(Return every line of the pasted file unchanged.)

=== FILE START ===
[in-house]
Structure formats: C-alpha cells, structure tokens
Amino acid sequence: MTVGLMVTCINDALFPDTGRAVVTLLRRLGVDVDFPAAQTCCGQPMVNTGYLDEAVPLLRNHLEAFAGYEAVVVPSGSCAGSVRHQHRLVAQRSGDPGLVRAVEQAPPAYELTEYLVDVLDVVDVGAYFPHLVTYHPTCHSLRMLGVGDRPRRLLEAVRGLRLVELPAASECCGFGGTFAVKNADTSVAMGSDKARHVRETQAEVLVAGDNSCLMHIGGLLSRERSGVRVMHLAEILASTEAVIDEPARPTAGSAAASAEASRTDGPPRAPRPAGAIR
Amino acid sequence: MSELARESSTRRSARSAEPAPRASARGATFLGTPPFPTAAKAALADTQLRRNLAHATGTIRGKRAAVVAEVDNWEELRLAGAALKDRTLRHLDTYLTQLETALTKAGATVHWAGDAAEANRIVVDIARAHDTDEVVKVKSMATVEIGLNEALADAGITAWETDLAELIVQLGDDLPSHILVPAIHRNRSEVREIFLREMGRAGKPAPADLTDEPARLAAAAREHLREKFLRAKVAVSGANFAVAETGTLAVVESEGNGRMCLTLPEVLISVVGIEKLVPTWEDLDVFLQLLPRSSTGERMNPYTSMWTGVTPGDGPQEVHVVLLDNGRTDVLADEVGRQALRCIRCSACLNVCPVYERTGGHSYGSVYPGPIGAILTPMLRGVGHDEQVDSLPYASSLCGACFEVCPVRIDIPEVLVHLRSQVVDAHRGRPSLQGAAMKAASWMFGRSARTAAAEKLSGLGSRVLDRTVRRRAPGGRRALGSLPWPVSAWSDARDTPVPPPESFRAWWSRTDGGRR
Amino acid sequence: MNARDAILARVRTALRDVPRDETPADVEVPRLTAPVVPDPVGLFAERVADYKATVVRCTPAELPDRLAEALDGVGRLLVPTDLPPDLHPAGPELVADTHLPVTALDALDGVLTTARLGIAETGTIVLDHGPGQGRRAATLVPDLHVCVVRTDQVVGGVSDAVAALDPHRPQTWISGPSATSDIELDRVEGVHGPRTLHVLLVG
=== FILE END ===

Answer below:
[in-house]
Structure formats: C-alpha cells, structure tokens
Amino acid sequence: MTVGLMVTCINDALFPDTGRAVVTLLRRLGVDVDFPAAQTCCGQPMVNTGYLDEAVPLLRNHLEAFAGYEAVVVPSGSCAGSVRHQHRLVAQRSGDPGLVRAVEQAPPAYELTEYLVDVLDVVDVGAYFPHLVTYHPTCHSLRMLGVGDRPRRLLEAVRGLRLVELPAASECCGFGGTFAVKNADTSVAMGSDKARHVRETQAEVLVAGDNSCLMHIGGLLSRERSGVRVMHLAEILASTEAVIDEPARPTAGSAAASAEASRTDGPPRAPRPAGAIR
Amino acid sequence: MSELARESSTRRSARSAEPAPRASARGATFLGTPPFPTAAKAALADTQLRRNLAHATGTIRGKRAAVVAEVDNWEELRLAGAALKDRTLRHLDTYLTQLETALTKAGATVHWAGDAAEANRIVVDIARAHDTDEVVKVKSMATVEIGLNEALADAGITAWETDLAELIVQLGDDLPSHILVPAIHRNRSEVREIFLREMGRAGKPAPADLTDEPARLAAAAREHLREKFLRAKVAVSGANFAVAETGTLAVVESEGNGRMCLTLPEVLISVVGIEKLVPTWEDLDVFLQLLPRSSTGERMNPYTSMWTGVTPGDGPQEVHVVLLDNGRTDVLADEVGRQALRCIRCSACLNVCPVYERTGGHSYGSVYPGPIGAILTPMLRGVGHDEQVDSLPYASSLCGACFEVCPVRIDIPEVLVHLRSQVVDAHRGRPSLQGAAMKAASWMFGRSARTAAAEKLSGLGSRVLDRTVRRRAPGGRRALGSLPWPVSAWSDARDTPVPPPESFRAWWSRTDGGRR
Amino acid sequence: MNARDAILARVRTALRDVPRDETPADVEVPRLTAPVVPDPVGLFAERVADYKATVVRCTPAELPDRLAEALDGVGRLLVPTDLPPDLHPAGPELVADTHLPVTALDALDGVLTTARLGIAETGTIVLDHGPGQGRRAATLVPDLHVCVVRTDQVVGGVSDAVAALDPHRPQTWISGPSATSDIELDRVEGVHGPRTLHVLLVG